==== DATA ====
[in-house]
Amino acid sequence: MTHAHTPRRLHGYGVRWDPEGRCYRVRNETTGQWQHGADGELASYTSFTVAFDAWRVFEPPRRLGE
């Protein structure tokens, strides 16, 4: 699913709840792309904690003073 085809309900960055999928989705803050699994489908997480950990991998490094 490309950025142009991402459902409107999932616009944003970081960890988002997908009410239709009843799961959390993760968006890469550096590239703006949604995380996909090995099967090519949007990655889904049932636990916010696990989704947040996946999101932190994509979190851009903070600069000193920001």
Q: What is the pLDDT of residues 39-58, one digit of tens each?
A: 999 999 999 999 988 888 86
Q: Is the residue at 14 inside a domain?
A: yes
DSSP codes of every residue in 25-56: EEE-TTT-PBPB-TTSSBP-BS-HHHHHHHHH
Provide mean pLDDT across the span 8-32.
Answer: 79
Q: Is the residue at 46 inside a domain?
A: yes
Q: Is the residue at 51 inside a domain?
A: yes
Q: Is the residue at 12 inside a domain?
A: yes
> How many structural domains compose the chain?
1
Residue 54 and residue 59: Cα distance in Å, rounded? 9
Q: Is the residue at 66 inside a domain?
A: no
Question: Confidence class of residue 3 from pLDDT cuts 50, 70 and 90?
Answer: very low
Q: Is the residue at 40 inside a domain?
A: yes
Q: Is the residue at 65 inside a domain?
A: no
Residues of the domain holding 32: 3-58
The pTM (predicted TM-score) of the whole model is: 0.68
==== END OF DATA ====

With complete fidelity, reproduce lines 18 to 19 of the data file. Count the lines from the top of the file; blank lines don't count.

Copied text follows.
1
Residue 54 and residue 59: Cα distance in Å, rounded? 9